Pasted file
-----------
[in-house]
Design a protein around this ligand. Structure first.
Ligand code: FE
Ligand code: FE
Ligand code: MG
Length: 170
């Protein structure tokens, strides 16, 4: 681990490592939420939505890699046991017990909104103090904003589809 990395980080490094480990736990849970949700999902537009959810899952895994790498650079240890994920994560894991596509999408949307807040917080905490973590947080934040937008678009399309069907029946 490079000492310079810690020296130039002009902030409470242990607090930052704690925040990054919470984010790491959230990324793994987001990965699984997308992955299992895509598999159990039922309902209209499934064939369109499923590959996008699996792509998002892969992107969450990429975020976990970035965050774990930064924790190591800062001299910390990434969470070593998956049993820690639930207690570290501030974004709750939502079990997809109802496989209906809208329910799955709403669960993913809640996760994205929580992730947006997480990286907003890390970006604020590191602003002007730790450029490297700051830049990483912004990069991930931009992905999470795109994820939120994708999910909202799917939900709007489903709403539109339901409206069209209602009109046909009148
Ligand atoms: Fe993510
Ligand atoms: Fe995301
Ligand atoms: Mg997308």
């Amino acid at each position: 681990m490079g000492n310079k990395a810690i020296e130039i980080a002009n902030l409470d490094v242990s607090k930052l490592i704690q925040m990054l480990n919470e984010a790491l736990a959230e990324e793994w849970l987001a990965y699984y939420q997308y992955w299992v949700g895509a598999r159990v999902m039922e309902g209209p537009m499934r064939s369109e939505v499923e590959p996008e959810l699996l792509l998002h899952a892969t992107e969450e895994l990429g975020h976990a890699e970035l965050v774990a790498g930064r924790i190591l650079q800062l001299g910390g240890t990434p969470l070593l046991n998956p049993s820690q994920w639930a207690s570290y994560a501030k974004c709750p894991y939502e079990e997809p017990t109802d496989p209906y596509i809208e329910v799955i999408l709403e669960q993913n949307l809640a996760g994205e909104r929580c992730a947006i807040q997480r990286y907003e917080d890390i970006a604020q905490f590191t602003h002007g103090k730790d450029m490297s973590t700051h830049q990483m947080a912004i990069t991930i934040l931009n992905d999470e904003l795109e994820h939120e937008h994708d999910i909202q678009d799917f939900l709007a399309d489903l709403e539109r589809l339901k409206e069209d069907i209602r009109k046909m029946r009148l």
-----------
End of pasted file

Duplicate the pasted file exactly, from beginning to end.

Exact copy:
[in-house]
Design a protein around this ligand. Structure first.
Ligand code: FE
Ligand code: FE
Ligand code: MG
Length: 170
């Protein structure tokens, strides 16, 4: 681990490592939420939505890699046991017990909104103090904003589809 990395980080490094480990736990849970949700999902537009959810899952895994790498650079240890994920994560894991596509999408949307807040917080905490973590947080934040937008678009399309069907029946 490079000492310079810690020296130039002009902030409470242990607090930052704690925040990054919470984010790491959230990324793994987001990965699984997308992955299992895509598999159990039922309902209209499934064939369109499923590959996008699996792509998002892969992107969450990429975020976990970035965050774990930064924790190591800062001299910390990434969470070593998956049993820690639930207690570290501030974004709750939502079990997809109802496989209906809208329910799955709403669960993913809640996760994205929580992730947006997480990286907003890390970006604020590191602003002007730790450029490297700051830049990483912004990069991930931009992905999470795109994820939120994708999910909202799917939900709007489903709403539109339901409206069209209602009109046909009148
Ligand atoms: Fe993510
Ligand atoms: Fe995301
Ligand atoms: Mg997308």
């Amino acid at each position: 681990m490079g000492n310079k990395a810690i020296e130039i980080a002009n902030l409470d490094v242990s607090k930052l490592i704690q925040m990054l480990n919470e984010a790491l736990a959230e990324e793994w849970l987001a990965y699984y939420q997308y992955w299992v949700g895509a598999r159990v999902m039922e309902g209209p537009m499934r064939s369109e939505v499923e590959p996008e959810l699996l792509l998002h899952a892969t992107e969450e895994l990429g975020h976990a890699e970035l965050v774990a790498g930064r924790i190591l650079q800062l001299g910390g240890t990434p969470l070593l046991n998956p049993s820690q994920w639930a207690s570290y994560a501030k974004c709750p894991y939502e079990e997809p017990t109802d496989p209906y596509i809208e329910v799955i999408l709403e669960q993913n949307l809640a996760g994205e909104r929580c992730a947006i807040q997480r990286y907003e917080d890390i970006a604020q905490f590191t602003h002007g103090k730790d450029m490297s973590t700051h830049q990483m947080a912004i990069t991930i934040l931009n992905d999470e904003l795109e994820h939120e937008h994708d999910i909202q678009d799917f939900l709007a399309d489903l709403e539109r589809l339901k409206e069209d069907i209602r009109k046909m029946r009148l």